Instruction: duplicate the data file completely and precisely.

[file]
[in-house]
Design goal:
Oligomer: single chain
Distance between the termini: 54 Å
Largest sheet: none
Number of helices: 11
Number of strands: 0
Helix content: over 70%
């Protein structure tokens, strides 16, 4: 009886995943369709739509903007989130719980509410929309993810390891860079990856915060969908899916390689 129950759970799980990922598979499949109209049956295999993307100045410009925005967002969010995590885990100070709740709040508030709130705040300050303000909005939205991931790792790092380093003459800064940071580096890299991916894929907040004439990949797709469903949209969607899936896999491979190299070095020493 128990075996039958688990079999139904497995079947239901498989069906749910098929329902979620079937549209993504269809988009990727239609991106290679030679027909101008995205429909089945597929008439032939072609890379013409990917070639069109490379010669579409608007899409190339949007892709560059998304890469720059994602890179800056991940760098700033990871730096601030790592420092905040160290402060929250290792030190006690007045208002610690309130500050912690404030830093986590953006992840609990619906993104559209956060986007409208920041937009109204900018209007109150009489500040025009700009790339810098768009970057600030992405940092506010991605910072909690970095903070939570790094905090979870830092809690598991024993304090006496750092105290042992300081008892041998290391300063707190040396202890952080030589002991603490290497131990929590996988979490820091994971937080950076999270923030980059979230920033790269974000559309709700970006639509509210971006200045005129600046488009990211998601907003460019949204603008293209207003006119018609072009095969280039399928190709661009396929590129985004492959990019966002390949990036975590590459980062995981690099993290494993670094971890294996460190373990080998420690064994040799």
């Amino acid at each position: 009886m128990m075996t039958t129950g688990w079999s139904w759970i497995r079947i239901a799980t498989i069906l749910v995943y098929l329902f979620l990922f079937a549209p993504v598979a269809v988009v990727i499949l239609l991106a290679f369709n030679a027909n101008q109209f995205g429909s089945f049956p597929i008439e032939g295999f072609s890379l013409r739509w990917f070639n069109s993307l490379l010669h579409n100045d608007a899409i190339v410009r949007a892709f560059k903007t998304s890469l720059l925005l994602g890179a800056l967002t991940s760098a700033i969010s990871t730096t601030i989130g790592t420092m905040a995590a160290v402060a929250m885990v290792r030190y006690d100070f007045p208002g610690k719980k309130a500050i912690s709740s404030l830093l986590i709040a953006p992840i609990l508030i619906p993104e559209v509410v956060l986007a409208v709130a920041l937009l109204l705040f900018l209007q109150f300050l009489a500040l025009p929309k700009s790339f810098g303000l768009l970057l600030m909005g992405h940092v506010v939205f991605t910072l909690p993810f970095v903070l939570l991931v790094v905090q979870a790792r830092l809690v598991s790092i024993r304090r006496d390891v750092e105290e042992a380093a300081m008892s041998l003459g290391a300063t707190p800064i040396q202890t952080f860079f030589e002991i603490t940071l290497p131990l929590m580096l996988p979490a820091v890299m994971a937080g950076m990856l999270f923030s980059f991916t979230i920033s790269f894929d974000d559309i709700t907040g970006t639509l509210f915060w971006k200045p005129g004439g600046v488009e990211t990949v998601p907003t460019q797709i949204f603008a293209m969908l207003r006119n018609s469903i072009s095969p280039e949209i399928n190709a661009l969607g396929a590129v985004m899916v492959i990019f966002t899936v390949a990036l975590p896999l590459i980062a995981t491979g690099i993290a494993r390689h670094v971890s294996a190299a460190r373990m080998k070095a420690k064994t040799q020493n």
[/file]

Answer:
[in-house]
Design goal:
Oligomer: single chain
Distance between the termini: 54 Å
Largest sheet: none
Number of helices: 11
Number of strands: 0
Helix content: over 70%
């Protein structure tokens, strides 16, 4: 009886995943369709739509903007989130719980509410929309993810390891860079990856915060969908899916390689 129950759970799980990922598979499949109209049956295999993307100045410009925005967002969010995590885990100070709740709040508030709130705040300050303000909005939205991931790792790092380093003459800064940071580096890299991916894929907040004439990949797709469903949209969607899936896999491979190299070095020493 128990075996039958688990079999139904497995079947239901498989069906749910098929329902979620079937549209993504269809988009990727239609991106290679030679027909101008995205429909089945597929008439032939072609890379013409990917070639069109490379010669579409608007899409190339949007892709560059998304890469720059994602890179800056991940760098700033990871730096601030790592420092905040160290402060929250290792030190006690007045208002610690309130500050912690404030830093986590953006992840609990619906993104559209956060986007409208920041937009109204900018209007109150009489500040025009700009790339810098768009970057600030992405940092506010991605910072909690970095903070939570790094905090979870830092809690598991024993304090006496750092105290042992300081008892041998290391300063707190040396202890952080030589002991603490290497131990929590996988979490820091994971937080950076999270923030980059979230920033790269974000559309709700970006639509509210971006200045005129600046488009990211998601907003460019949204603008293209207003006119018609072009095969280039399928190709661009396929590129985004492959990019966002390949990036975590590459980062995981690099993290494993670094971890294996460190373990080998420690064994040799």
């Amino acid at each position: 009886m128990m075996t039958t129950g688990w079999s139904w759970i497995r079947i239901a799980t498989i069906l749910v995943y098929l329902f979620l990922f079937a549209p993504v598979a269809v988009v990727i499949l239609l991106a290679f369709n030679a027909n101008q109209f995205g429909s089945f049956p597929i008439e032939g295999f072609s890379l013409r739509w990917f070639n069109s993307l490379l010669h579409n100045d608007a899409i190339v410009r949007a892709f560059k903007t998304s890469l720059l925005l994602g890179a800056l967002t991940s760098a700033i969010s990871t730096t601030i989130g790592t420092m905040a995590a160290v402060a929250m885990v290792r030190y006690d100070f007045p208002g610690k719980k309130a500050i912690s709740s404030l830093l986590i709040a953006p992840i609990l508030i619906p993104e559209v509410v956060l986007a409208v709130a920041l937009l109204l705040f900018l209007q109150f300050l009489a500040l025009p929309k700009s790339f810098g303000l768009l970057l600030m909005g992405h940092v506010v939205f991605t910072l909690p993810f970095v903070l939570l991931v790094v905090q979870a790792r830092l809690v598991s790092i024993r304090r006496d390891v750092e105290e042992a380093a300081m008892s041998l003459g290391a300063t707190p800064i040396q202890t952080f860079f030589e002991i603490t940071l290497p131990l929590m580096l996988p979490a820091v890299m994971a937080g950076m990856l999270f923030s980059f991916t979230i920033s790269f894929d974000d559309i709700t907040g970006t639509l509210f915060w971006k200045p005129g004439g600046v488009e990211t990949v998601p907003t460019q797709i949204f603008a293209m969908l207003r006119n018609s469903i072009s095969p280039e949209i399928n190709a661009l969607g396929a590129v985004m899916v492959i990019f966002t899936v390949a990036l975590p896999l590459i980062a995981t491979g690099i993290a494993r390689h670094v971890s294996a190299a460190r373990m080998k070095a420690k064994t040799q020493n």